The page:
James Flavin

James Flavin

James Flavin in The Fabulous Dorseys (1947)
Born James William Flavin, Jr.
(1906-05-14)May 14, 1906
Portland, Maine, U.S.
Died April 23, 1976(1976-04-23) (aged 69)
Los Angeles, California, U.S.
Cause of death Ruptured aorta
Resting place Holy Cross Cemeter in Culver City, California
Occupation Actor
Years active 1932–1976
Spouse(s) Lucile Browne (1932-1976, his death) (1 child)
Children William James Flavin

James William Flavin, Jr. (May 14, 1906 – April 23, 1976) was an American character actor whose career lasted for nearly half a century.

Life and career

Flavin was the son of a hotel waiter of Canadian-English extraction and a mother, Katherine, whose father was an Anglo-Irish immigrant. Thus, Flavin, well known in Hollywood as an "Irish" type, was—ironically—only one-quarter Irish. He was born and reared in Portland, Maine, a fact that may have enriched his later working relationship with director John Ford, also a Portland native.

He attended the United States Military Academy at West Point but, contrary to some sources, did not graduate. Instead he dropped out and returned to Portland and drove a taxi. Then as now, summer stock companies flocked to Maine each year, and in 1929 Flavin was asked to fill in for an actor. He did well with the part and the company manager offered him $150 per week to accompany the troupe back to New York. Flavin accepted and by the spring of 1930 was living in a rooming house at 108 W. 87th Street in Manhattan.[1] Flavin didn't manage to crack Broadway at this time; his Broadway debut would not occur for another 39 years, in the 1971 revival of The Front Page, in which he played Murphy and briefly took over the lead role of Walter Burns from Robert Ryan.[2]

Flavin worked his way across the country in stock productions and tours, arriving in Los Angeles around 1932. He quickly made the transition to movies, landing the lead role in his very first film, a Universal serial, The Airmail Mystery (1932). He also landed his leading lady, marrying the serial's female star Lucile Browne that same year. However, the serial marked virtually the last time that Flavin would play the lead in a film. Thereafter, he was restricted almost exclusively to supporting characters, many of them without so much as a name. He specialized in uniformed cops and hard-bitten detectives, but played chauffeurs, cabbies, and even a 16th-century palace guard with aplomb.

Flavin appeared in nearly four hundred films between 1932 and 1971. He appeared in almost one hundred television episodes, including the NBC sitcom, The People's Choice, starring Jackie Cooper, several episodes as police Detective Sawyer who was being driven nuts by Gracie Allen on the Burns and Allen show,and three times as a sheriff on the western aviation adventure series, Sky King, before his final appearance, as U.S. President Dwight D. Eisenhower in Francis Gary Powers: The True Story of the U-2 Spy Incident (1976), a dramatization of the shooting down in 1960 by the former Soviet Union of the U-2 pilot, Francis Gary Powers.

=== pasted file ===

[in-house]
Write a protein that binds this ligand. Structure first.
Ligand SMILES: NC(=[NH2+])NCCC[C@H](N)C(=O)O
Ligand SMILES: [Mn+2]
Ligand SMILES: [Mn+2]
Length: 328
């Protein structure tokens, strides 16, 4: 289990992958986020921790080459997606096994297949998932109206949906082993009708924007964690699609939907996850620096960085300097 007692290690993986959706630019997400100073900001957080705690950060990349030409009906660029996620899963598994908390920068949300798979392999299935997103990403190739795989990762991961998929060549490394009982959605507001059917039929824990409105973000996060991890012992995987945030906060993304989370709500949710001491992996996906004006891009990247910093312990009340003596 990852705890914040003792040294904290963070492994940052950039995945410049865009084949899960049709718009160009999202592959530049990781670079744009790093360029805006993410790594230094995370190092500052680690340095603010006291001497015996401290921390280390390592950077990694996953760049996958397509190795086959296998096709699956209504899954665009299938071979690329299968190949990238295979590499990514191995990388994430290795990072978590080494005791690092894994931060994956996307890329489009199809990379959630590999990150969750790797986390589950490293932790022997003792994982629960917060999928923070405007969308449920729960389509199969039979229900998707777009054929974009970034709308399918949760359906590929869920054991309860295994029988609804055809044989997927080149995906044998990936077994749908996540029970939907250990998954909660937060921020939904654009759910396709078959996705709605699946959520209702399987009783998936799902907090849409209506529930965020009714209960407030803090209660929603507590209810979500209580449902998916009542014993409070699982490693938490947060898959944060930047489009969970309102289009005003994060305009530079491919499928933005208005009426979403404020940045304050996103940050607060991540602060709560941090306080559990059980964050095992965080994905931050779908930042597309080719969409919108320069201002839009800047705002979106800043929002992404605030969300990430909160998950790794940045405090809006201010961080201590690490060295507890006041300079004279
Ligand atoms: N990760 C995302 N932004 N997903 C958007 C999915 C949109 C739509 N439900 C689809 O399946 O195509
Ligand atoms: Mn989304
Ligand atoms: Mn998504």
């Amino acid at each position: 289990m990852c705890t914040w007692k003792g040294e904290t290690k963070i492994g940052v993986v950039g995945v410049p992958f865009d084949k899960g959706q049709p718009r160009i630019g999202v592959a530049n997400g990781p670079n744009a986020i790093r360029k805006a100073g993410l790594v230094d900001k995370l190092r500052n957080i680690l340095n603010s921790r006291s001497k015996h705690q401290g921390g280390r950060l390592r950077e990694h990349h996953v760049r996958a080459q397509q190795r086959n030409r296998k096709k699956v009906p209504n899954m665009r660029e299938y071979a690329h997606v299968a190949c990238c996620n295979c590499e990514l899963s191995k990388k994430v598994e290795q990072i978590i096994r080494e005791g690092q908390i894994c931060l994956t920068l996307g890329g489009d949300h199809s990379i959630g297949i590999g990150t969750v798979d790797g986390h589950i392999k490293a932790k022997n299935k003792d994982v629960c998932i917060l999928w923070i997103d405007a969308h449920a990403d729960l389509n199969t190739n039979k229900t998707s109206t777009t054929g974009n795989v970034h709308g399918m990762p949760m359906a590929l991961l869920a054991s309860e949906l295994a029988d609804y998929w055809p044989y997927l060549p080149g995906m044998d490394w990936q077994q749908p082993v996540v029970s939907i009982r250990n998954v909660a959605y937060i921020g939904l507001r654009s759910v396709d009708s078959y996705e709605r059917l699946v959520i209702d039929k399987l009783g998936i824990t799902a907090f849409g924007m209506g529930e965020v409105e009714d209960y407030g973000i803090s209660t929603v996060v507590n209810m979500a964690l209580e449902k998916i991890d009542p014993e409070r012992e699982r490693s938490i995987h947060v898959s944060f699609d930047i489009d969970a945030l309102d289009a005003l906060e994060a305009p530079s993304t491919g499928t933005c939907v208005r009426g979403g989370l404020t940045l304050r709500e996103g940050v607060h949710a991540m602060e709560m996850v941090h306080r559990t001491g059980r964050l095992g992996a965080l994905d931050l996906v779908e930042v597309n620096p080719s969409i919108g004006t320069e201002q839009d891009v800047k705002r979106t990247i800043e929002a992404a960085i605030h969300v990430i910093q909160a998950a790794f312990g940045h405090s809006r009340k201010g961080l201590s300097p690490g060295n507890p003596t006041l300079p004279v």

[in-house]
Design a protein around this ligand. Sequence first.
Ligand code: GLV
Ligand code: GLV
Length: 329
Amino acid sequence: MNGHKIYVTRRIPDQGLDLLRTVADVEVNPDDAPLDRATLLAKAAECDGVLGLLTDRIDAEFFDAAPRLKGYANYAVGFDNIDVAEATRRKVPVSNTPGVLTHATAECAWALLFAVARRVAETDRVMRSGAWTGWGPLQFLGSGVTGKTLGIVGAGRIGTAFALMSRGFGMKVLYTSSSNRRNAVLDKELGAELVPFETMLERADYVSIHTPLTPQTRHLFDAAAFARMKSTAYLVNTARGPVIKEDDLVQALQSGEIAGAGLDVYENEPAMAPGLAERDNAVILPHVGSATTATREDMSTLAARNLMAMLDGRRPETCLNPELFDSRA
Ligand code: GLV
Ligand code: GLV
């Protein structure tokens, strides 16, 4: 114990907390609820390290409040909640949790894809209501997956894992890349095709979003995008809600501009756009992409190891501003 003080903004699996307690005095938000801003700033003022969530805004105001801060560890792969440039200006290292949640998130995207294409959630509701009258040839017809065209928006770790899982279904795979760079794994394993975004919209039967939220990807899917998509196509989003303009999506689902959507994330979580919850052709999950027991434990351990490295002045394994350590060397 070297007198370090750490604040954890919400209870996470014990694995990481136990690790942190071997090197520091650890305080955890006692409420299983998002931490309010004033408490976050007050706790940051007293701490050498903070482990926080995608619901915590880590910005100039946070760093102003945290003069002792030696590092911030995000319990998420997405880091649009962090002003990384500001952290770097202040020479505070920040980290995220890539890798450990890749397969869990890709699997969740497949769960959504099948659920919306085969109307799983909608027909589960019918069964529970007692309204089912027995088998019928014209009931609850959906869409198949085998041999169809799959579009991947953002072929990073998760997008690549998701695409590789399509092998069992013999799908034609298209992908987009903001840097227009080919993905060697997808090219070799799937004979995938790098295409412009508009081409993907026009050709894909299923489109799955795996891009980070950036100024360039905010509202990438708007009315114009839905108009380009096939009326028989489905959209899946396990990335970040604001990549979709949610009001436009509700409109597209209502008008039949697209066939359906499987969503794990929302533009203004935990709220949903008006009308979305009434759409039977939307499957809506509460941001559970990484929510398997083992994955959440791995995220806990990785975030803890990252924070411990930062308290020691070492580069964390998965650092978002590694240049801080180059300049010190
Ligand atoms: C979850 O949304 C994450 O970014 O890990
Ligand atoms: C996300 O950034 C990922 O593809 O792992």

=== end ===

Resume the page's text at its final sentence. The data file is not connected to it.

Flavin portrayed Sam Cooper in the 1958 episode, "The Ed Church Case", of the CBS crime drama series, Richard Diamond, Private Detective, starring David Janssen. In 1959, he guest starred as Big Dan Girod in the episode, "Invitation to a Murder", on the ABC/WB detective series, Bourbon Street Beat, starring Andrew Duggan. In 1960, Flavin appeared in The Twilight Zone episode "A Passage for Trumpet".

From 1960 to 1962, Flavin was cast as Robert Howard in thirty three episodes of the ABC/Warner Brothers advernture/drama/crime series, The Roaring 20s, starring with Dorothy Provine, Donald May, Rex Reason, John Dehner, Gary Vinson, and Mike Road.[3]

From 1960 to 1962, Flavin appeared three times on the CBS sitcom, Pete and Gladys, with Harry Morgan and Cara Williams. Flavin portrayed Fire Chief Hawkins in the 1964 episode, "Beyond a Reasonable Doubt", on the NBC education drama series, Mr. Novak, starring James Franciscus.


Flavin died of a heart ailment at Cedars-Sinai Medical Center in Los Angeles, California on April 23, 1976. His widow Lucile died seventeen days later. They were survived by their son, William James Flavin, subsequently a professor at the United States Army War College. James and Lucile Browne Flavin are interred at Holy Cross Cemetery in Culver City, California.[4]

Partial Filmography


  1. United States Census records for 1930, New York, New York
  2. Internet Broadway Database
  3. "The Roaring 20s". Internet Movie Data Base. Retrieved January 18, 2013.
  4. Hayward (California) Daily Review, 25 April 1976
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